A concept for comprehensively measuring health, function and quality of life following orthopaedic interventions of the upper extremity
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- Simmen, B.R., Angst, F., Schwyzer, HK. et al. Arch Orthop Trauma Surg (2009) 129: 113. doi:10.1007/s00402-008-0718-3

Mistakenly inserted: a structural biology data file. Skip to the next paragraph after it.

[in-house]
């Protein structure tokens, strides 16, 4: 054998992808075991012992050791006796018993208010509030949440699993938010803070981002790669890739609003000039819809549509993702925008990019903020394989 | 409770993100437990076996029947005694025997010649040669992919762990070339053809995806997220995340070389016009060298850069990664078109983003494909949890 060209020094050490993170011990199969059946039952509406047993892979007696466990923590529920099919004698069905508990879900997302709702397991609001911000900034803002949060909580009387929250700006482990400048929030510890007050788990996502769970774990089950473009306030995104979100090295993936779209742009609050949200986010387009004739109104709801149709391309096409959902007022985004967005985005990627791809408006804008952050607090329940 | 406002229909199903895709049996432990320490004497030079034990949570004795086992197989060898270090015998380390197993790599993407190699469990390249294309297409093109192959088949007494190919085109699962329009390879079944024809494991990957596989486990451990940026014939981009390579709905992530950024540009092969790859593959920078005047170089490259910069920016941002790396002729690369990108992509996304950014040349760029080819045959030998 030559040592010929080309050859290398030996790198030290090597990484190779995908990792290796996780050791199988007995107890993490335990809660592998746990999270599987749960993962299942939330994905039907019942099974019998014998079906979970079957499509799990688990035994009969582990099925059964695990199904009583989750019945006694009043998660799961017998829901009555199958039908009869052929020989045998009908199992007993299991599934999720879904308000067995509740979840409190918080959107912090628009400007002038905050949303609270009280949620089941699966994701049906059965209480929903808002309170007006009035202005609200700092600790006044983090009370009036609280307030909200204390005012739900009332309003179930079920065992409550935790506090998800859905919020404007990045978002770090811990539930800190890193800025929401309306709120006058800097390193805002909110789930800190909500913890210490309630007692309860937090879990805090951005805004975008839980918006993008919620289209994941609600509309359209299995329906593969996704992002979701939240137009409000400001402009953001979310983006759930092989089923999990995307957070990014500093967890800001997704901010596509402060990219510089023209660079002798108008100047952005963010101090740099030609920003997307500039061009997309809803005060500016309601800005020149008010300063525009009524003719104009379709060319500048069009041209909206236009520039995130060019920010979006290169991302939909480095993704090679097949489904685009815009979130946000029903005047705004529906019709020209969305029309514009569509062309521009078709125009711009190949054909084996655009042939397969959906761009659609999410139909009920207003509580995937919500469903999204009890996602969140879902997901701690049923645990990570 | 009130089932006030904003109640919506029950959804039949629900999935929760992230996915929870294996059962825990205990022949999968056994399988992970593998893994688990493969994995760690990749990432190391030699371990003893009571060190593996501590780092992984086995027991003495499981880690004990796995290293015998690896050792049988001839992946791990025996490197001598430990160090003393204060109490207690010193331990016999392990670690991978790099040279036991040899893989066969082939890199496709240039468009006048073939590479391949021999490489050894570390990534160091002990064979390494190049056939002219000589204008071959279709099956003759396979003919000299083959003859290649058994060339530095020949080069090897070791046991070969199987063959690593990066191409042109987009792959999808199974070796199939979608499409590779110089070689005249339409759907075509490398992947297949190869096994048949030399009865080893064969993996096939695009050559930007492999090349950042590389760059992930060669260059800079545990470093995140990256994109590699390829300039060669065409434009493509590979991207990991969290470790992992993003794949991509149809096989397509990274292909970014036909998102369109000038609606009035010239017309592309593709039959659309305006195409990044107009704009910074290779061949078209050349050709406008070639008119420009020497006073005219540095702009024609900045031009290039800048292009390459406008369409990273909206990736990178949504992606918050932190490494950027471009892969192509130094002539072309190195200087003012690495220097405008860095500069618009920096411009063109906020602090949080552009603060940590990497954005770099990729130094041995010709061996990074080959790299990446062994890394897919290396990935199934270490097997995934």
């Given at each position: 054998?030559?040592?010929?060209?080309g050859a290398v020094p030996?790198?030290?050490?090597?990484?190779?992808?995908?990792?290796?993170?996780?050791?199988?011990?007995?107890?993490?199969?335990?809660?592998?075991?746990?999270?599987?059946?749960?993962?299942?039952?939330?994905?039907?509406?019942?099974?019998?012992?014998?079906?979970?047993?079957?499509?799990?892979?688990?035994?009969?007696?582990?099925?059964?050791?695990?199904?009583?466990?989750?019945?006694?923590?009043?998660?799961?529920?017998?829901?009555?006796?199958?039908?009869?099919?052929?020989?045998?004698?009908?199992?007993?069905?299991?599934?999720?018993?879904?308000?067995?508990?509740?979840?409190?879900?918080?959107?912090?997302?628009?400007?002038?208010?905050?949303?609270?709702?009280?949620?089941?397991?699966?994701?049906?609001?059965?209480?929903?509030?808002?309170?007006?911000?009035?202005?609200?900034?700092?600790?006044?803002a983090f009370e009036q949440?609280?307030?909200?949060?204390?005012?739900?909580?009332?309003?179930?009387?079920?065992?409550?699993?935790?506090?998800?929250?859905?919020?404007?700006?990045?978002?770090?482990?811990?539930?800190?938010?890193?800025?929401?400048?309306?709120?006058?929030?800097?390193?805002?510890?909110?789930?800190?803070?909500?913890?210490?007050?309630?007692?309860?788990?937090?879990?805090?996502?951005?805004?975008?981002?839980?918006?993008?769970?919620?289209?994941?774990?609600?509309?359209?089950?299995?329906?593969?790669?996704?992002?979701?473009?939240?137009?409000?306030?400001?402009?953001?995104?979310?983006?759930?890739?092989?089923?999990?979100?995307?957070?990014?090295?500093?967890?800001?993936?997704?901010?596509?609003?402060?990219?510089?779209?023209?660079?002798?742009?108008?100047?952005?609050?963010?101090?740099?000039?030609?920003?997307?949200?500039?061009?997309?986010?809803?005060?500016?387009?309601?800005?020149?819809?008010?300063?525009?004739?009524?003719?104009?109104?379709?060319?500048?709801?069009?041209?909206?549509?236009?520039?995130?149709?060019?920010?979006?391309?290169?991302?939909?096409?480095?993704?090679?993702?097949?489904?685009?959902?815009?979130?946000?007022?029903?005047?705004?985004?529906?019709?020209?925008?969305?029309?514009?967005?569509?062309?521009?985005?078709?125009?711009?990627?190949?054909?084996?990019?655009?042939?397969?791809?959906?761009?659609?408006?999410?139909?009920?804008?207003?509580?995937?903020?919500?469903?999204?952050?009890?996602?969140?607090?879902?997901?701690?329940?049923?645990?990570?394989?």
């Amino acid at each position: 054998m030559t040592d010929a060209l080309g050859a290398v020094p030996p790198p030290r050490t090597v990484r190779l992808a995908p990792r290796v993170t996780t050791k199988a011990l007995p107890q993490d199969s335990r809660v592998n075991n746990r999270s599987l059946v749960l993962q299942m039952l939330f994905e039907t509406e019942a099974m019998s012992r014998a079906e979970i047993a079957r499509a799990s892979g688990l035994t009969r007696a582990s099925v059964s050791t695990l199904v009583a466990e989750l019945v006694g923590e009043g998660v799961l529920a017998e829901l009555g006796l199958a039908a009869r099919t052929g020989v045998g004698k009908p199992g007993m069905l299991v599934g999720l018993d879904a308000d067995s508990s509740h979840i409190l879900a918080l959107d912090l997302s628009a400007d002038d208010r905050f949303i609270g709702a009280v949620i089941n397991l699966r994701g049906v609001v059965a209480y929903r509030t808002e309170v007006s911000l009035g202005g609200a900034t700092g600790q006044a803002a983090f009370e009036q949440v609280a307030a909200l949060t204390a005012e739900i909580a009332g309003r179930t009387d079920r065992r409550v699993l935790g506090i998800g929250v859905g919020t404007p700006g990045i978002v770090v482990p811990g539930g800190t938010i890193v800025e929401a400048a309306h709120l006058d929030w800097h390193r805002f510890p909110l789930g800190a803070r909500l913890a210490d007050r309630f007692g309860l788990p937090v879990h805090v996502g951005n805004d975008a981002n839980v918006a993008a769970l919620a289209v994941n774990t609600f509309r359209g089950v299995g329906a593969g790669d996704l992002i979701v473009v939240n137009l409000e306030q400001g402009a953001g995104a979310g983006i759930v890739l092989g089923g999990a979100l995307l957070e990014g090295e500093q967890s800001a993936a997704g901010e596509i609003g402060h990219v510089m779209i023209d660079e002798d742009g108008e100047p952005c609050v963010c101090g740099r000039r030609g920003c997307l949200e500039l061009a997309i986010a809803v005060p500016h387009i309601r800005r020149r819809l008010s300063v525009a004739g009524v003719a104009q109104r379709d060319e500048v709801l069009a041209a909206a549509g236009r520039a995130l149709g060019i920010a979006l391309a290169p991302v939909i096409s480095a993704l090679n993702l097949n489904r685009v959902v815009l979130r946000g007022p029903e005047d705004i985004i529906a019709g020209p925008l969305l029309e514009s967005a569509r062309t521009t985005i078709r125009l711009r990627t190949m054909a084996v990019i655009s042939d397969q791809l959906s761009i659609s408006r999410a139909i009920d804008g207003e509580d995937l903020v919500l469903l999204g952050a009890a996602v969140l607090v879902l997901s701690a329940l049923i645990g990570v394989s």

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The view that subjective complaints rather than “objective” measurements decide on whether to consult the doctor or allow for an intervention to be carried out, should contribute to the decision-making process. This is especially true in diseases with multiple joint impairments. Although a variety of patient self-assessment scores exists, no gold standard is available to measure function and quality of life (QoL) after interventions at the upper extremity. The goal of our concept is to establish a comprehensive score set where patients should rate their generic health resp. quality of life (QoL), function of the upper extremity and specific joint function including activities of daily living, function and pain. A comparison with normative data should be possible in order to estimate how the subjective results of the patient when compared to “healthy” people in the general population. Score sets for measuring intervention effect at the shoulder, elbow and the hand were established after previous methodological testing within an interdisciplinary research project. The provisional sets were defined following a systematic literature search. Each set received a score of measuring the quality of life (SF-36), the whole function of the arm (DASH) and the specific joint function (SPADI/ASES for shoulder, PREE/mASES for the elbow and PRWE/custom for the hand). Individual scores were translated, if necessary according to AAOS-guidelines, and tested for reliability and construct validity. All three score sets were then systematically tested in cross-sectional studies. In addition, characteristic values such as minimal detectable difference and effect size could already be determined in the shoulder set in a long-term study. Definite score sets were defined, which allow quantification of the intervention effect at the upper extremity on function and quality of life after.